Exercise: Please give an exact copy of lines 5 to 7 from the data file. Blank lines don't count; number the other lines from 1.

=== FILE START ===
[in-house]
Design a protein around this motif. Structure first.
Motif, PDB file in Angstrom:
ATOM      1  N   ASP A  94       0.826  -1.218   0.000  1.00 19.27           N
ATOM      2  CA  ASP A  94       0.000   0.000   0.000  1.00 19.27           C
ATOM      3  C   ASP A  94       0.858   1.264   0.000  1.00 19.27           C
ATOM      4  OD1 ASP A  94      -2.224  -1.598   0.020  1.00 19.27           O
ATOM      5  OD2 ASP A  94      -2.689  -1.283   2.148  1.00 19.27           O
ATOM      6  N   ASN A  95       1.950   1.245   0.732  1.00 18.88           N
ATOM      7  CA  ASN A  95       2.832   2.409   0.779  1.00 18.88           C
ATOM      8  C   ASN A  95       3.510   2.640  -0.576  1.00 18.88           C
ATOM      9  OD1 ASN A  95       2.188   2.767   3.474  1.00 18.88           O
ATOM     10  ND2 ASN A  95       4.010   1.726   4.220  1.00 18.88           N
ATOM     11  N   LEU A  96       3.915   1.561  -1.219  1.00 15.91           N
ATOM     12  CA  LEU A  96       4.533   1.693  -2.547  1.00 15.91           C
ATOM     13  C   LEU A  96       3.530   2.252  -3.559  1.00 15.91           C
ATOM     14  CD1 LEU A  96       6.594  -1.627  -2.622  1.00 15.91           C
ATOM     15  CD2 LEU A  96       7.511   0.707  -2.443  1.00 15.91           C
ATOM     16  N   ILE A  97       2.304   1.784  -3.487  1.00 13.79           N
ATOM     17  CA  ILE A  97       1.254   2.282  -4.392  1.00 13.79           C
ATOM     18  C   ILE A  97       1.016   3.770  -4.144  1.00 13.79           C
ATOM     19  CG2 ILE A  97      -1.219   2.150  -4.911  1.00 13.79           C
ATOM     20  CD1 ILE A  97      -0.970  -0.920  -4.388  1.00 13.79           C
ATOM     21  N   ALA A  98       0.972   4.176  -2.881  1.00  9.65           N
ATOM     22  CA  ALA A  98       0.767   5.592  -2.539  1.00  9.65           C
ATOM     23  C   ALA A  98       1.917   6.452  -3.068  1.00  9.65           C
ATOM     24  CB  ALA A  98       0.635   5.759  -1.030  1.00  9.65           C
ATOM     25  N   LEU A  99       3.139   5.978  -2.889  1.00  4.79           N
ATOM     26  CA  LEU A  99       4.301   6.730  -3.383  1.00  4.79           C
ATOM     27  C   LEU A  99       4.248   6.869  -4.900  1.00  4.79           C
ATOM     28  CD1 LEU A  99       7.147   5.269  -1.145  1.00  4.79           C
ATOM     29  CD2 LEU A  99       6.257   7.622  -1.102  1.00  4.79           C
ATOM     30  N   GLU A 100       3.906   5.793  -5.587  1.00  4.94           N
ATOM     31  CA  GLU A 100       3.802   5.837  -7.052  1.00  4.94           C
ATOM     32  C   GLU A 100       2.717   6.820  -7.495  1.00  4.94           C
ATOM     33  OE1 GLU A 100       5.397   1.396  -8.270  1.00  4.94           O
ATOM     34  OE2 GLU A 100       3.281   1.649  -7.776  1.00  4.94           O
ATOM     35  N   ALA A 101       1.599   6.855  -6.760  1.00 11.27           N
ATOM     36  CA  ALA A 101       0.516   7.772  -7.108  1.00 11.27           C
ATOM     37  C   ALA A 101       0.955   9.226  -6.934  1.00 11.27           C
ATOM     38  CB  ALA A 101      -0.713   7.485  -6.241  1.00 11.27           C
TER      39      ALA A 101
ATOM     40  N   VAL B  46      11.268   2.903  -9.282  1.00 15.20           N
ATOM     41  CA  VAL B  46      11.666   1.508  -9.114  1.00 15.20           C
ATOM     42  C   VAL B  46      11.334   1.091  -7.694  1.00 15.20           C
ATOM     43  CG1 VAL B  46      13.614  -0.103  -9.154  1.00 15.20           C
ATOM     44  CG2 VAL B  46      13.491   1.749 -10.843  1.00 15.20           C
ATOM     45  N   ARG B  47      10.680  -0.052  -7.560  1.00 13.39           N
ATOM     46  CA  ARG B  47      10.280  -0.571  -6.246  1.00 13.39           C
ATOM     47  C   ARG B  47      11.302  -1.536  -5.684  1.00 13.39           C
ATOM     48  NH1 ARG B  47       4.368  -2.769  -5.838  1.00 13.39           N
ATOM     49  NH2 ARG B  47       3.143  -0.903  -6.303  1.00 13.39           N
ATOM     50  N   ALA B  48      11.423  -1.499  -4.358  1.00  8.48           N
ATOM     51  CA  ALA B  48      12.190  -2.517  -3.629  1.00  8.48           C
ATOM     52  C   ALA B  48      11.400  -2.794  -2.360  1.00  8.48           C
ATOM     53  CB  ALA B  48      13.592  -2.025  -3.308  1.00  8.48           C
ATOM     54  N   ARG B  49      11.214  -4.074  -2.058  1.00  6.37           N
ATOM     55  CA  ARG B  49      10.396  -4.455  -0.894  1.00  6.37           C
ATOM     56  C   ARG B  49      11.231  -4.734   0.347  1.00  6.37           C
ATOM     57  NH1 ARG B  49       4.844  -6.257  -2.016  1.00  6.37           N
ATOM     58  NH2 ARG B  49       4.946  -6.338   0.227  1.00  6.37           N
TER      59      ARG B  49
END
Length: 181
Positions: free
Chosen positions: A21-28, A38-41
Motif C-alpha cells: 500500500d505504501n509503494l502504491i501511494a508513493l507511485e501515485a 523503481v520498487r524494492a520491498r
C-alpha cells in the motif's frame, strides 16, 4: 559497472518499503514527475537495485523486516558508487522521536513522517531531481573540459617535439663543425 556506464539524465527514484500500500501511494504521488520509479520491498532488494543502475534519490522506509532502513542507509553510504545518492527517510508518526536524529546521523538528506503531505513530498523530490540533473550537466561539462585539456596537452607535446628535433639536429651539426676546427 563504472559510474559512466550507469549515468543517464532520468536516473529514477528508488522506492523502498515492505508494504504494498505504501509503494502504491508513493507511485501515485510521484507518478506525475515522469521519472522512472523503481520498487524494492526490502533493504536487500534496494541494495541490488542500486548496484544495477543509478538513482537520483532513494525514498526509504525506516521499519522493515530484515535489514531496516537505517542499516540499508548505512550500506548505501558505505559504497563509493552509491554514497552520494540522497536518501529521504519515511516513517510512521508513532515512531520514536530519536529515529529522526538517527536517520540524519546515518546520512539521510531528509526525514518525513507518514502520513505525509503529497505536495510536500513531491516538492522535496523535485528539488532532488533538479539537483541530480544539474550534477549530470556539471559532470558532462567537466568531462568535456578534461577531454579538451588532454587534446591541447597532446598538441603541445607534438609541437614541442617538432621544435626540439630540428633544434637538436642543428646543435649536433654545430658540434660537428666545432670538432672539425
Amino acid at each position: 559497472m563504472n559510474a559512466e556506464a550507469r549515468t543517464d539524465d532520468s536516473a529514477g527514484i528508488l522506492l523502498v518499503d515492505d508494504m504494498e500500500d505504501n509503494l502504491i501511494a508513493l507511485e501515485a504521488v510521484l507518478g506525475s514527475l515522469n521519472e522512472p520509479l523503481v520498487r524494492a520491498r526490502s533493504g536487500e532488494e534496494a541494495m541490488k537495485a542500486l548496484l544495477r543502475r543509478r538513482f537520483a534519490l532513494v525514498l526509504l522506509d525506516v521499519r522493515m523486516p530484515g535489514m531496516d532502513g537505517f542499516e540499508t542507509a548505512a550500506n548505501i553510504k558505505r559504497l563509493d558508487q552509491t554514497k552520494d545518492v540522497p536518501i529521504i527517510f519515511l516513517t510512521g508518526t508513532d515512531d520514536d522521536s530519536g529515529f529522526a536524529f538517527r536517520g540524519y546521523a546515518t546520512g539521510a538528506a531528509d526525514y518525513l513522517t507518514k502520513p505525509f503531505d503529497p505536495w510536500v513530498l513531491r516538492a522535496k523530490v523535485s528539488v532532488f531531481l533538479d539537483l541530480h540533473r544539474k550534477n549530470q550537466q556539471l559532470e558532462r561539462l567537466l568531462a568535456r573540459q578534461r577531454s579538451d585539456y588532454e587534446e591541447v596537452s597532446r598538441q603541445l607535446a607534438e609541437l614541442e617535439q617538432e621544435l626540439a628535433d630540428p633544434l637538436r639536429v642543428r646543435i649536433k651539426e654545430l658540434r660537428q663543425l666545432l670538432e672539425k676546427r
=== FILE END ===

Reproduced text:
ATOM      2  CA  ASP A  94       0.000   0.000   0.000  1.00 19.27           C
ATOM      3  C   ASP A  94       0.858   1.264   0.000  1.00 19.27           C
ATOM      4  OD1 ASP A  94      -2.224  -1.598   0.020  1.00 19.27           O